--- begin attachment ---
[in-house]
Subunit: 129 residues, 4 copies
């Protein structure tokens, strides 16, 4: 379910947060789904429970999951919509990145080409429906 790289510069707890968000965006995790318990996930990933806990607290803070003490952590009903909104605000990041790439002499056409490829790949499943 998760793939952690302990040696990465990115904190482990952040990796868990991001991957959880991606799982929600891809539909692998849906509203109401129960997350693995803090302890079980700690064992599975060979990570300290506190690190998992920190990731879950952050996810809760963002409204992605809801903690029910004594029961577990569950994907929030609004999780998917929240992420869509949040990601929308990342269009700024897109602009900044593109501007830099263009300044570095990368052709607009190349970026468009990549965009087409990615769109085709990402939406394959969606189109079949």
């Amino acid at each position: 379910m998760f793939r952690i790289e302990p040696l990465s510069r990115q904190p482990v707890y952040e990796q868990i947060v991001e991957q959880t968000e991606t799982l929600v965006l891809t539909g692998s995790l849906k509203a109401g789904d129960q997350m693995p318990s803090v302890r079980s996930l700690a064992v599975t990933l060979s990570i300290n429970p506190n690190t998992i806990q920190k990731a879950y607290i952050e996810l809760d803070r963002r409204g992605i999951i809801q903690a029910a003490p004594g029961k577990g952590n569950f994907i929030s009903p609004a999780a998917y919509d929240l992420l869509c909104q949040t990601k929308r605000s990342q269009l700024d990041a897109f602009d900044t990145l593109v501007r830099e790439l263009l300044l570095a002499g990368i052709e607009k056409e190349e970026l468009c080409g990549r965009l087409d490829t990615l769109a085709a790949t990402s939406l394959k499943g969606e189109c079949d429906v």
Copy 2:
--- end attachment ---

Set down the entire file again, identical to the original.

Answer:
[in-house]
Subunit: 129 residues, 4 copies
């Protein structure tokens, strides 16, 4: 379910947060789904429970999951919509990145080409429906 790289510069707890968000965006995790318990996930990933806990607290803070003490952590009903909104605000990041790439002499056409490829790949499943 998760793939952690302990040696990465990115904190482990952040990796868990991001991957959880991606799982929600891809539909692998849906509203109401129960997350693995803090302890079980700690064992599975060979990570300290506190690190998992920190990731879950952050996810809760963002409204992605809801903690029910004594029961577990569950994907929030609004999780998917929240992420869509949040990601929308990342269009700024897109602009900044593109501007830099263009300044570095990368052709607009190349970026468009990549965009087409990615769109085709990402939406394959969606189109079949």
């Amino acid at each position: 379910m998760f793939r952690i790289e302990p040696l990465s510069r990115q904190p482990v707890y952040e990796q868990i947060v991001e991957q959880t968000e991606t799982l929600v965006l891809t539909g692998s995790l849906k509203a109401g789904d129960q997350m693995p318990s803090v302890r079980s996930l700690a064992v599975t990933l060979s990570i300290n429970p506190n690190t998992i806990q920190k990731a879950y607290i952050e996810l809760d803070r963002r409204g992605i999951i809801q903690a029910a003490p004594g029961k577990g952590n569950f994907i929030s009903p609004a999780a998917y919509d929240l992420l869509c909104q949040t990601k929308r605000s990342q269009l700024d990041a897109f602009d900044t990145l593109v501007r830099e790439l263009l300044l570095a002499g990368i052709e607009k056409e190349e970026l468009c080409g990549r965009l087409d490829t990615l769109a085709a790949t990402s939406l394959k499943g969606e189109c079949d429906v």
Copy 2: